Yes, taking action on the unknown can be scary stuff. We're never guaranteed our ideal outcome, and that can cause us to retreat, big time. But the most successful people aren't afraid to try something new. Mark Zuckerberg dropped out of Harvard, and the rest is history. Steve Jobs and Steve Wozniak began Apple in their garage. You get the picture!
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You know the first place all of us tend to throw self-respect out the window? Yup, you guessed it: dating. I speak to countless people who have so much to offer but are stuck in a relationship that forces them to compromise some part of themselves and live in a state of numbing self-sacrifice. They need to muster up the self-respect to start over.
You must be willing to see things and people as they are. It can be painful to acknowledge that there is a problem with ourselves, our loved ones, or a situation. But if you don't deal with the problem with curiosity and courteousness, your situation will be prolonged. And that is not very respectful of your time and energy.
First, look within and question what practices make you feel your absolute best. Then, pay yourself the respect of prioritizing them daily. For example, exercising regularly, starting every day with a green juice, and being under the covers by 10 p.m. are all ways I show myself respect.
Once you know what makes you feel good, continue to prioritize it—not only with yourself but with others. Lead with honesty. This means that if you know working outdoors at a farm sanctuary is what you're here to do, then you have no business working 9 to 5 at a desk job for the next decade. You're disrespecting your talents and interests, and you're keeping the desk job from someone who'd actually excel in that position.
Letting others know what isn’t OK doesn’t make you a bad person; it makes you a strong and respectable person. When you stop saying yes to things you don’t want to do, you create more time and energy to engage with the activities and people that do make you happy. Here's some more advice about how to get into the habit of saying no.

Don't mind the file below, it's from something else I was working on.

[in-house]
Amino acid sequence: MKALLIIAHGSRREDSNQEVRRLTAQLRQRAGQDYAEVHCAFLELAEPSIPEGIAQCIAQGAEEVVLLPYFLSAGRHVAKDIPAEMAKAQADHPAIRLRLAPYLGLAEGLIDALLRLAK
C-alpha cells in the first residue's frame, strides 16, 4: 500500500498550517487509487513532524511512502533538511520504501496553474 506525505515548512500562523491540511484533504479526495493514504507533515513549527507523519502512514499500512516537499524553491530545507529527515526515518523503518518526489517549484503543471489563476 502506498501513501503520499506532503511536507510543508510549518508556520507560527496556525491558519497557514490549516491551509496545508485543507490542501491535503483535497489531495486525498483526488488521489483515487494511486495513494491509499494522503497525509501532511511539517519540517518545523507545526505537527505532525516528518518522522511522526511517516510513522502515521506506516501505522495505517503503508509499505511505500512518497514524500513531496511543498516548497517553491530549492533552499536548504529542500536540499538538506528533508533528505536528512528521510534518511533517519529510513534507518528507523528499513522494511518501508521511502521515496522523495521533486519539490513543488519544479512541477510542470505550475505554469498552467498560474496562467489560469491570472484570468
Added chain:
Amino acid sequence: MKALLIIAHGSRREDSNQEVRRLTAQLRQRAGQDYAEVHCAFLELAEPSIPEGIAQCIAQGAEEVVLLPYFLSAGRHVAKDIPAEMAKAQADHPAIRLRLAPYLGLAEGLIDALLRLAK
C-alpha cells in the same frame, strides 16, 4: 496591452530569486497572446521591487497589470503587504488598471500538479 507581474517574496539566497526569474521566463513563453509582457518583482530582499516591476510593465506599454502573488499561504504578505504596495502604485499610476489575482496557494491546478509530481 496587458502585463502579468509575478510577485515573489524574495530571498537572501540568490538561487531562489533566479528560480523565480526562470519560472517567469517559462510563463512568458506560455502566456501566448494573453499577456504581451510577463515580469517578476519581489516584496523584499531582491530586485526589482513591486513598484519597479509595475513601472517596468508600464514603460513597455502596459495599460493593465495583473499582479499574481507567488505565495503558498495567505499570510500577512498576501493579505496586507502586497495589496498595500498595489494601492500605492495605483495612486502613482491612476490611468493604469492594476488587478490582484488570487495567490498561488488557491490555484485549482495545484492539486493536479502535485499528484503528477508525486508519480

Many people have good intentions, but their advice is often clouded by their emotional baggage. So when someone tells you "You'll never be able to do that" or "You shouldn't" or "You can't," ignore them until you have figured out for yourself what's true.
The only way to stand out is to be your idiosyncratic, real, quirky self. It's easier said than done, but consider this: All those folks you look up to have taken ownership of what sets them apart and leveraged it to their advantage.
Saying "I'm sorry" is seldom pleasant or easy to do, so if you're going to do it at all, make it count! An important part of apologizing is learning not to make excuses because that's just disrespectful to the other person and to your integrity. So next time you're tempted to plead your case, lay a hand on your heart, check in with that inner barometer, and listen to the truth. If an apology is called for courageously, offer one (minus the excuses).
Our health, like everything else in our life, is a relationship. The more we pay attention to it and nourish it, the more our body thrives. Often when we consider becoming healthier, we find ourselves in front of the mirror looking at our bodies and wondering what we need to "fix."
You could spend a lifetime untying the knots of your family life—but that's your choice. Conversely, at any point, you can reflect on our childhood influences and declare, "This is not my story. I am not my genes."
Show self-respect means not being overly self-critical, judgmental, or restrictive. It's so easy to chain ourselves to a to-do list and then gauge our worthiness on its completion. Practice making purposeful shifts toward self-kindness by saying to yourself as you finish one task and contemplate the next: "I could do this, or I could not. If I choose to stop now, I will allow whatever I have completed today to be enough, and I will not beat myself up for it."
When you’re not rooted in your own worth, you go out of the way to make others happy. A lack of inner love translates into a need for constant approval and appreciation by others.
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